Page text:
Hunter,I don't know why I should download radioreference when I can listen to live audio. Will someone please explain the benefits of each. RR is free..... correct? I live in mercer county PA Thanks hunter sue
Here's another opinion. If you have your own scanner, you will no longer be a freeloader.Hunter,
If you want to listen to a 'live audio' feed, yes, that is free. However, your choices are limited to only what feeds are available for your area (in some cases, none are), and the feed may not include all the channels (frequencies if a convention system, talkgroups if the agency (or agencies) are on a trunked system) that you'd like. There are certain restrictions as to what can be carried on a feed. Additionally, if you are listening to a feed, not your own scanner, you can't pause on an active incident that catches your interest, whether that's a major fire, a chase, or some other incident.
Quite often, we see posts in the forum, asking that somebody put up a feed for a specific area, or agency, or add a channel. Or, they are complaining because "their" feed is/has been down. Remember that all feed providers are other members, who volunteer to do this. It requires dedicating a scanner (or in some cases a professional style radio) to the feed for source audio, a pc, running 24/7/365, as well as broadband internet access to get the feed to the servers. Many do it to share the hobby, providing a service to others. Some put up a feed so that they, or family members in other areas, can hear what's going on "back home" when they're away.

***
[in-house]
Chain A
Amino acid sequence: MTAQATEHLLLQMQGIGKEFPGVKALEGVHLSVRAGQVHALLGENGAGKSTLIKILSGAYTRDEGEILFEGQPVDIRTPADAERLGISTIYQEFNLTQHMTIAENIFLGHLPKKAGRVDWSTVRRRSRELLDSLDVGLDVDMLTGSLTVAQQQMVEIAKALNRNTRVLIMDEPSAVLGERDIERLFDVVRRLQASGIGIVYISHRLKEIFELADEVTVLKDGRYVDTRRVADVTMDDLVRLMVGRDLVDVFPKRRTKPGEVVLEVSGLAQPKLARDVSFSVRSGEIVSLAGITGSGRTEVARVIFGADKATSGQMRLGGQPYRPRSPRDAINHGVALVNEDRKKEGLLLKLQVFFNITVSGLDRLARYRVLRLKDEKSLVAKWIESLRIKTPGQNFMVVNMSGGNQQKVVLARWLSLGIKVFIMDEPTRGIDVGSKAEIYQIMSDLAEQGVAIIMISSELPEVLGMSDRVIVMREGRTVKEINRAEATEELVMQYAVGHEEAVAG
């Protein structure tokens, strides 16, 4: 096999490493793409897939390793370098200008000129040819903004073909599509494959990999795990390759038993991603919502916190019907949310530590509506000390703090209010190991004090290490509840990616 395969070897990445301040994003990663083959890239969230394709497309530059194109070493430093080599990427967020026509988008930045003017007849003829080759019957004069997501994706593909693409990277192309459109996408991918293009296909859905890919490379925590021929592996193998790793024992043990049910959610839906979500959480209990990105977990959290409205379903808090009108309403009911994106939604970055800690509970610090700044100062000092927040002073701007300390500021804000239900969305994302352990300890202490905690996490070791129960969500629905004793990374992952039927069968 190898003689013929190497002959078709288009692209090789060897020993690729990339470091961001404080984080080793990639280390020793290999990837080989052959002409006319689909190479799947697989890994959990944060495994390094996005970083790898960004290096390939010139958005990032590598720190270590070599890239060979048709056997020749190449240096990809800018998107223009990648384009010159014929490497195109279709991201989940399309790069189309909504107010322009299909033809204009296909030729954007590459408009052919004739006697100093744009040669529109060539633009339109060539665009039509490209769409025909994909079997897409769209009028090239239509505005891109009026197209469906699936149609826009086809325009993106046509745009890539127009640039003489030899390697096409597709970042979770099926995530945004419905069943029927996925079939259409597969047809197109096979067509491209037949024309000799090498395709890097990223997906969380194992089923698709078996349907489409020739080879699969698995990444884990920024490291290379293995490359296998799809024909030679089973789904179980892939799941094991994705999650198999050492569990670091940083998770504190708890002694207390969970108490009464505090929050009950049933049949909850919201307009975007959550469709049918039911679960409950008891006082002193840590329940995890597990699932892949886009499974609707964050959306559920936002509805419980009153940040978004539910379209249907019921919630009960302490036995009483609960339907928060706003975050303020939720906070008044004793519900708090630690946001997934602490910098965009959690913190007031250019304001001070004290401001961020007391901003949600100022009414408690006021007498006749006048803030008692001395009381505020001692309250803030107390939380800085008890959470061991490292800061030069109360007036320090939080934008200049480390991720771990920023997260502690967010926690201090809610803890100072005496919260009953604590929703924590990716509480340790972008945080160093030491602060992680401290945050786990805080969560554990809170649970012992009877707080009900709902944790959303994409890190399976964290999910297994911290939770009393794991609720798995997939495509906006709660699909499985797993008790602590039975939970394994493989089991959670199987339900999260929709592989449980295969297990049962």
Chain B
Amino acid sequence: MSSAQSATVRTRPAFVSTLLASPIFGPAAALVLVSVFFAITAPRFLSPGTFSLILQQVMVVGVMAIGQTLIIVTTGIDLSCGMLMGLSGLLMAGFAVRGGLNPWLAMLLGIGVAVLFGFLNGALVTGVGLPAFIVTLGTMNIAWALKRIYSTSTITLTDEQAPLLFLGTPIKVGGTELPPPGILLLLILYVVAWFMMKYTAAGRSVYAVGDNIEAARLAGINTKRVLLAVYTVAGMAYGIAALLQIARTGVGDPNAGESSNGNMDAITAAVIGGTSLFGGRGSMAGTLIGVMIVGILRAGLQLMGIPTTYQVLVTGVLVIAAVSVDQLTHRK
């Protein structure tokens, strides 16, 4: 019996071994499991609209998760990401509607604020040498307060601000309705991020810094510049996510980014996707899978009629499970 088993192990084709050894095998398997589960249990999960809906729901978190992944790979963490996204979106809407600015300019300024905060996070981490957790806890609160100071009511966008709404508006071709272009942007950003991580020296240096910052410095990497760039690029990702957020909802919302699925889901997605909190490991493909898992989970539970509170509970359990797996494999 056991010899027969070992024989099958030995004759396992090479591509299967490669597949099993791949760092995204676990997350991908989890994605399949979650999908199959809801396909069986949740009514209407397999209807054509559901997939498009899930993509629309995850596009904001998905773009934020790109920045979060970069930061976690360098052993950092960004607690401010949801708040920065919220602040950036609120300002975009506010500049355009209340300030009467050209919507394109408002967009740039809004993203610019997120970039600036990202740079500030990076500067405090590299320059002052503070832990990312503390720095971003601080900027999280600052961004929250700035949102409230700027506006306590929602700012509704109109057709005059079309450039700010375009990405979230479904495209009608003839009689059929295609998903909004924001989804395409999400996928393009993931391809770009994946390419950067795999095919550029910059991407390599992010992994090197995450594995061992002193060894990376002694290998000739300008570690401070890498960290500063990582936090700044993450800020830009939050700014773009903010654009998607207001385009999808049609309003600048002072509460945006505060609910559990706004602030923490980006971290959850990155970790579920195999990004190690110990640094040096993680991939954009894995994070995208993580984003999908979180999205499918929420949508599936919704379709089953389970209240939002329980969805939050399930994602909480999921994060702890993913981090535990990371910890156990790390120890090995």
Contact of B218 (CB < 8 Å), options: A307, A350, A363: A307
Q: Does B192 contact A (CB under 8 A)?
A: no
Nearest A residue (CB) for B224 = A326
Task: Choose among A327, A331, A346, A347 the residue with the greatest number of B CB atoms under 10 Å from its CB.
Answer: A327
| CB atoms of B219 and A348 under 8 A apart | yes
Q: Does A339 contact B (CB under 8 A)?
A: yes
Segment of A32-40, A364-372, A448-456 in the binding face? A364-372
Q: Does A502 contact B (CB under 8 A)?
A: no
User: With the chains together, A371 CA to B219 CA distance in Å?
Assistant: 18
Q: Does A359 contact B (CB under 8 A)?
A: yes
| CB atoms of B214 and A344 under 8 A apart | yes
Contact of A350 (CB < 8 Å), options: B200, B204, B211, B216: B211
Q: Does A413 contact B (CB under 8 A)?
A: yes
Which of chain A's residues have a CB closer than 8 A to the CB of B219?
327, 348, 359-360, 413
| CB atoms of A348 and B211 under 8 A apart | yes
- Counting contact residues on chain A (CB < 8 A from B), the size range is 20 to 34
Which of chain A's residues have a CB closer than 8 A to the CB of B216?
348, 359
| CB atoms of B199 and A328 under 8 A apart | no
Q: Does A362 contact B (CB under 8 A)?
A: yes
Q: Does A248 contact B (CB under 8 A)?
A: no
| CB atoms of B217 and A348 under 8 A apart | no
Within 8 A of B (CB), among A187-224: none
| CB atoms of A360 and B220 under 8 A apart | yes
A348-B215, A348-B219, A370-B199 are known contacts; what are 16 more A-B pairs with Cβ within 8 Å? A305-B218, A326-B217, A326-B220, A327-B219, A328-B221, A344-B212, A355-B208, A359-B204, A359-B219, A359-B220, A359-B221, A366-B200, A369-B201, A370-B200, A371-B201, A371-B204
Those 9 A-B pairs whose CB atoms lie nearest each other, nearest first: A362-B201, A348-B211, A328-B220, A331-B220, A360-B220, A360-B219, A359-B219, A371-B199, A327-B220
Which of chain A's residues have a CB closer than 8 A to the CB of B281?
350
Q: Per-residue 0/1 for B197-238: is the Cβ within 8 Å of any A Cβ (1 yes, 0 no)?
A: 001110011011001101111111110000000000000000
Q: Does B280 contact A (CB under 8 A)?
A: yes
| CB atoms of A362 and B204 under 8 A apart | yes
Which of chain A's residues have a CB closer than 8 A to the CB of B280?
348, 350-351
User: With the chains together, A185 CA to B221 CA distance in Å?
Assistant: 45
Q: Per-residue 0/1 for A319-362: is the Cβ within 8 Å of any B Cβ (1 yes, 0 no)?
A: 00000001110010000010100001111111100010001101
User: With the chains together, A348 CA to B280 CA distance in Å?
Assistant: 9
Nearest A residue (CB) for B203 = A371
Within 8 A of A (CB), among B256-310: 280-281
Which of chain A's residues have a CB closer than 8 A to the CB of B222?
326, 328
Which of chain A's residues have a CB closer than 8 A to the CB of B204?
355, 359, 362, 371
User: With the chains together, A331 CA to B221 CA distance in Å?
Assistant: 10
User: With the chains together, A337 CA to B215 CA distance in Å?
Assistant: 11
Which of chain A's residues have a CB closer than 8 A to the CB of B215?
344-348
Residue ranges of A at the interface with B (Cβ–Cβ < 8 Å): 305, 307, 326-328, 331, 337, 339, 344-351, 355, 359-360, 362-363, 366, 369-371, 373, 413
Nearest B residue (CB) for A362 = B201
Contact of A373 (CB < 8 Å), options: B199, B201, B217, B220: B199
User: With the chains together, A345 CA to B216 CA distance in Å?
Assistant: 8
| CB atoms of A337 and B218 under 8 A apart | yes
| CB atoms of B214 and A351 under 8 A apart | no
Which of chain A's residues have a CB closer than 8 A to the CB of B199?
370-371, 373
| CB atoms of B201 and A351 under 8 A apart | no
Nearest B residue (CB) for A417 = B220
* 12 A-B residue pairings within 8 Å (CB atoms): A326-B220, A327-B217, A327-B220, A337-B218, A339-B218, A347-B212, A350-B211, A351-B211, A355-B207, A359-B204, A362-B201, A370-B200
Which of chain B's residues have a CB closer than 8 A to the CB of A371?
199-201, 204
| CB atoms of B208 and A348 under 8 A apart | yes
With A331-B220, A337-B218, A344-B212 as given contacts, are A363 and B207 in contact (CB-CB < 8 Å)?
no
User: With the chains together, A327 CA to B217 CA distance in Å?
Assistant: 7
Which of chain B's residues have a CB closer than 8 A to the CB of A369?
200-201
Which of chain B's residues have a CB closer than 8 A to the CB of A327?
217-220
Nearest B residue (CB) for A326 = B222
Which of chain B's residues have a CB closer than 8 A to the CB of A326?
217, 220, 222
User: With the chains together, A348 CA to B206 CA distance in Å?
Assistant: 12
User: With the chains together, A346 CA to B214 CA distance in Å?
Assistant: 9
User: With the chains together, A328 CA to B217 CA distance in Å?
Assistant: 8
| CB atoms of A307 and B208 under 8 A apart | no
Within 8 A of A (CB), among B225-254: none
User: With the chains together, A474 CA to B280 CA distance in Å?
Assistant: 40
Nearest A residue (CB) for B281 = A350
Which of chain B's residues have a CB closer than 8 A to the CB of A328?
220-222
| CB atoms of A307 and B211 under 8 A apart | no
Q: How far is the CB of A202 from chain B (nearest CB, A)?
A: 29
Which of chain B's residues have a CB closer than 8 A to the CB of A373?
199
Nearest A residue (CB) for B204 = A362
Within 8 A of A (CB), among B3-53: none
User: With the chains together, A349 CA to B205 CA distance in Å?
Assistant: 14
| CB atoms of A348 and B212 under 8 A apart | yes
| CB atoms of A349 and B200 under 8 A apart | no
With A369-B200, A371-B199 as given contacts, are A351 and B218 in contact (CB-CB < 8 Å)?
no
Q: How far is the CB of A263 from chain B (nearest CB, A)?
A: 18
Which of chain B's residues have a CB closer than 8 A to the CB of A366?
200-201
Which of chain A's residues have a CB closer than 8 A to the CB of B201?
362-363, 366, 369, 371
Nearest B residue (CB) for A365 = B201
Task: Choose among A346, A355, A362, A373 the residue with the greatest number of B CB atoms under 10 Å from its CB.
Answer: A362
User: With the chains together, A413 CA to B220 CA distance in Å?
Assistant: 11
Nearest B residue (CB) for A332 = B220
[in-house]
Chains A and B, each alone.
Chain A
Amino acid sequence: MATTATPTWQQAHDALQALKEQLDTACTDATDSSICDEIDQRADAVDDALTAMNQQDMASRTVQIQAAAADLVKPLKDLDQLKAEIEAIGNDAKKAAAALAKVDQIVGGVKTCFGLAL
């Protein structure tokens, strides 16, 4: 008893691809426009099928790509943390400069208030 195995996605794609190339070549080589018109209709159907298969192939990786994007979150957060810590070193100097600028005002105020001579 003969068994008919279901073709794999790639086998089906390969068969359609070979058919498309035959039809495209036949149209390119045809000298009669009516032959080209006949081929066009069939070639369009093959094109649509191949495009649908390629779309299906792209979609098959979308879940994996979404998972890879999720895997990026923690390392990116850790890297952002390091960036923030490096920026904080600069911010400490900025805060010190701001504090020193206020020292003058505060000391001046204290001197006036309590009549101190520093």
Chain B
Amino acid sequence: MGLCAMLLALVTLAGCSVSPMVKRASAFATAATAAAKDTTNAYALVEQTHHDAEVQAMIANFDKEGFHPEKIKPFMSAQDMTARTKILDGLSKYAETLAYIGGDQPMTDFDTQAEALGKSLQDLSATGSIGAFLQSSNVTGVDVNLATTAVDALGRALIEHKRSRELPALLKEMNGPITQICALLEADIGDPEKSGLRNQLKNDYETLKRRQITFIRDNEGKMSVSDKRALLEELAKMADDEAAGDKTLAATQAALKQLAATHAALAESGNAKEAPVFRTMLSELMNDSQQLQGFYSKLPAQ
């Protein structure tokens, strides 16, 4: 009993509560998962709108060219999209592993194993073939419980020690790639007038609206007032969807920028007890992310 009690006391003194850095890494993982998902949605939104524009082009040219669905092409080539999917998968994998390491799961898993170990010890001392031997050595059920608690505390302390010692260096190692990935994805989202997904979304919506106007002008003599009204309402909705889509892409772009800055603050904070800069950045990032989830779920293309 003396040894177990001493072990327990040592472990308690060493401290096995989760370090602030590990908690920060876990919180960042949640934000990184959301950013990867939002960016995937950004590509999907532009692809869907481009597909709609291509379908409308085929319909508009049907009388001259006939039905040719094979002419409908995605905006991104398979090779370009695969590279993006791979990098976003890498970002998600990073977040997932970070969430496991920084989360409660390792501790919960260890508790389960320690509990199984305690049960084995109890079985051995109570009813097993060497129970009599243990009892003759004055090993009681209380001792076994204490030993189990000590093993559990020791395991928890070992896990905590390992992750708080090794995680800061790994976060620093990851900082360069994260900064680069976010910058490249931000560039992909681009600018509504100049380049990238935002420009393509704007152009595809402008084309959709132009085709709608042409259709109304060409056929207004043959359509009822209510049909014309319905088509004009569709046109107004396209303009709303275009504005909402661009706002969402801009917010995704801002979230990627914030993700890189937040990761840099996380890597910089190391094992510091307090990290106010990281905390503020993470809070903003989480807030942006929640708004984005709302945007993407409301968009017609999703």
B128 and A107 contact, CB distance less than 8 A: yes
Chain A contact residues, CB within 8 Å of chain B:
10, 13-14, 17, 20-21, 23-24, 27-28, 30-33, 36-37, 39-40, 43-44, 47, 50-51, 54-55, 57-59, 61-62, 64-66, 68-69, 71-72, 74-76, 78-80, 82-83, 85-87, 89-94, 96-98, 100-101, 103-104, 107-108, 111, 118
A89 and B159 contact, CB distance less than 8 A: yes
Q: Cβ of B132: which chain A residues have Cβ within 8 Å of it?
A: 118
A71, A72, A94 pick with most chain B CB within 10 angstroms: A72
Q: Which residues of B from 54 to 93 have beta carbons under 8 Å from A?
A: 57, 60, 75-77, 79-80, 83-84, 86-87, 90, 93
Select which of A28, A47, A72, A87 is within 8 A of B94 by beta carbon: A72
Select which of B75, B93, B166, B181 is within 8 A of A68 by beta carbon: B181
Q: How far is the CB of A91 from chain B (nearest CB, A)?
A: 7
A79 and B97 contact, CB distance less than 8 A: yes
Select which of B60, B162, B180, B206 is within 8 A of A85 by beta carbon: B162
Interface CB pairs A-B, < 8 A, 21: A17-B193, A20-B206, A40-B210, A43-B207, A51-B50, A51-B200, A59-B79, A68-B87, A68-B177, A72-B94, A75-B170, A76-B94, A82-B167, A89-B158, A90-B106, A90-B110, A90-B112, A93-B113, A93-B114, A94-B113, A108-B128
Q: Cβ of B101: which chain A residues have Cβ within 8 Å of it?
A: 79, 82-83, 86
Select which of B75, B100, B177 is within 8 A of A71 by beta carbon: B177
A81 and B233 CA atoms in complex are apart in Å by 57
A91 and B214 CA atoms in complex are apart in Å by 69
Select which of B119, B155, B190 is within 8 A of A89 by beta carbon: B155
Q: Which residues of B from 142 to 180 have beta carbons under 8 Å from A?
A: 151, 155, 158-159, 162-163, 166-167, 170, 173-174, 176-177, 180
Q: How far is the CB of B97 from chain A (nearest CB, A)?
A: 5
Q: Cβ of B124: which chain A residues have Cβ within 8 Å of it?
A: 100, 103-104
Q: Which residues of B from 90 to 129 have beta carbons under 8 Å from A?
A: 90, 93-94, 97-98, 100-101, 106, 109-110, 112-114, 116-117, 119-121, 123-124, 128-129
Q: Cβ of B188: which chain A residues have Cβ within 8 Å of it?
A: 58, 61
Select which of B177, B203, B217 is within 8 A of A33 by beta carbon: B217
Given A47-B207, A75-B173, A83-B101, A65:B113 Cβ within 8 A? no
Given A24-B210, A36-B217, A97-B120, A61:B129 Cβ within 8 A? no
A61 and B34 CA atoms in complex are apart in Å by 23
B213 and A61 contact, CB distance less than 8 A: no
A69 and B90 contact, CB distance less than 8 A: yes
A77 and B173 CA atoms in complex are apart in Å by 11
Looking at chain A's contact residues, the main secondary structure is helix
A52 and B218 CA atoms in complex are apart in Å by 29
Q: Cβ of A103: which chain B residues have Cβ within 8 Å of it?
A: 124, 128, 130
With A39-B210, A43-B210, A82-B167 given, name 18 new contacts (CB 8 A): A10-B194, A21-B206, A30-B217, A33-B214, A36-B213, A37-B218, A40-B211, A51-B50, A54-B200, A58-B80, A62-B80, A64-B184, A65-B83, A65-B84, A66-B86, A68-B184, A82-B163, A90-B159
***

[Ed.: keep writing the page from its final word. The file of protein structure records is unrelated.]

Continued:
On the other hand, if by "download radioreference" you mean purchase your own scanner, the advantage to that is you control exactly how much, or how little, you want to hear. Your only limitations are those of the scanner you choose, your location (are you in range?), and whether the frequency or talkgroup is encrypted. You can add to, delete, lockout, or hold on anything you have programmed. You can change your channel mix at any time as well. Plus, if the scanner you are using is a handheld, you can carry it with you to listen (of course, you can listen to feeds on many of the smart phones, but you're using part of your data plan to do so).